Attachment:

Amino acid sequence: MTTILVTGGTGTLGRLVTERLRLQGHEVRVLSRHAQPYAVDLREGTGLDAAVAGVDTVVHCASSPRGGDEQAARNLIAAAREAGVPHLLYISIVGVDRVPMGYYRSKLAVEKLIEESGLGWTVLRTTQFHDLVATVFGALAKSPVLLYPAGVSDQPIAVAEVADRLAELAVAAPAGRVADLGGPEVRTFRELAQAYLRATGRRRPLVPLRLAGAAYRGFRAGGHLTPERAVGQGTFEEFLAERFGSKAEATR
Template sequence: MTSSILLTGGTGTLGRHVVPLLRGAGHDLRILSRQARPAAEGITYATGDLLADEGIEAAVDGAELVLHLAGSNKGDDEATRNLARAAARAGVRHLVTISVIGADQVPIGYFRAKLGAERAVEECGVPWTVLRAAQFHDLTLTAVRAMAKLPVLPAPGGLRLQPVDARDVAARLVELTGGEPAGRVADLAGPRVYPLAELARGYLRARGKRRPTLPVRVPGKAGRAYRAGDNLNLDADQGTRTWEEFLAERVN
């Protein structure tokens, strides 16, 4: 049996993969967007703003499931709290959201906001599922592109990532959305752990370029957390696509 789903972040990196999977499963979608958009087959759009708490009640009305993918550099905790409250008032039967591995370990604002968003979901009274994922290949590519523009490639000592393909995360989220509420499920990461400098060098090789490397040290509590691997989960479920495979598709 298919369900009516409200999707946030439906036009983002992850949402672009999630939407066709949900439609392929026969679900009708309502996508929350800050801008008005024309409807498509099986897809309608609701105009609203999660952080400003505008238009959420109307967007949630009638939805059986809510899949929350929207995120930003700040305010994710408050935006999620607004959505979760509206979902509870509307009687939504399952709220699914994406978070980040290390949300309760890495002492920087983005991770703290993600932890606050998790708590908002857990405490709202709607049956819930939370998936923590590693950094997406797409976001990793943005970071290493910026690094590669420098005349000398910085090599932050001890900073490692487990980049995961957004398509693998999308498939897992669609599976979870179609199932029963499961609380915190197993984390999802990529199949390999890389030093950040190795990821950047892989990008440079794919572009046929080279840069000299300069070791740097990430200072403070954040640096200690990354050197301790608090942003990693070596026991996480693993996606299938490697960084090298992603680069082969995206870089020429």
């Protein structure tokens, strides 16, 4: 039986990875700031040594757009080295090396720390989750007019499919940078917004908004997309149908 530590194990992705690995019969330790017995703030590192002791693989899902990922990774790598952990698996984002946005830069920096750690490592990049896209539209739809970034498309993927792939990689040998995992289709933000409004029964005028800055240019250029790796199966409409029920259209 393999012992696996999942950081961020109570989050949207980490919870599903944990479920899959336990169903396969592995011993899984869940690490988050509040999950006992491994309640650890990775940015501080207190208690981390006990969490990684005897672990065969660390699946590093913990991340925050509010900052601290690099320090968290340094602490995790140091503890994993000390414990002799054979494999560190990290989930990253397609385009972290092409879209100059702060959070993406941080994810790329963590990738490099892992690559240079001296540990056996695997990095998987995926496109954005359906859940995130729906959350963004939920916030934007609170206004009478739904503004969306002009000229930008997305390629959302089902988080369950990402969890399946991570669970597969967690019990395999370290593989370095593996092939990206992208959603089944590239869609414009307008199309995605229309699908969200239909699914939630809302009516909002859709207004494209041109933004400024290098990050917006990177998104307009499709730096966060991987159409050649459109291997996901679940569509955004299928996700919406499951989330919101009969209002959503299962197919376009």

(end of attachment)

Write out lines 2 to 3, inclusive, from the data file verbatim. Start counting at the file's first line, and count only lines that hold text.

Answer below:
Template sequence: MTSSILLTGGTGTLGRHVVPLLRGAGHDLRILSRQARPAAEGITYATGDLLADEGIEAAVDGAELVLHLAGSNKGDDEATRNLARAAARAGVRHLVTISVIGADQVPIGYFRAKLGAERAVEECGVPWTVLRAAQFHDLTLTAVRAMAKLPVLPAPGGLRLQPVDARDVAARLVELTGGEPAGRVADLAGPRVYPLAELARGYLRARGKRRPTLPVRVPGKAGRAYRAGDNLNLDADQGTRTWEEFLAERVN
């Protein structure tokens, strides 16, 4: 049996993969967007703003499931709290959201906001599922592109990532959305752990370029957390696509 789903972040990196999977499963979608958009087959759009708490009640009305993918550099905790409250008032039967591995370990604002968003979901009274994922290949590519523009490639000592393909995360989220509420499920990461400098060098090789490397040290509590691997989960479920495979598709 298919369900009516409200999707946030439906036009983002992850949402672009999630939407066709949900439609392929026969679900009708309502996508929350800050801008008005024309409807498509099986897809309608609701105009609203999660952080400003505008238009959420109307967007949630009638939805059986809510899949929350929207995120930003700040305010994710408050935006999620607004959505979760509206979902509870509307009687939504399952709220699914994406978070980040290390949300309760890495002492920087983005991770703290993600932890606050998790708590908002857990405490709202709607049956819930939370998936923590590693950094997406797409976001990793943005970071290493910026690094590669420098005349000398910085090599932050001890900073490692487990980049995961957004398509693998999308498939897992669609599976979870179609199932029963499961609380915190197993984390999802990529199949390999890389030093950040190795990821950047892989990008440079794919572009046929080279840069000299300069070791740097990430200072403070954040640096200690990354050197301790608090942003990693070596026991996480693993996606299938490697960084090298992603680069082969995206870089020429």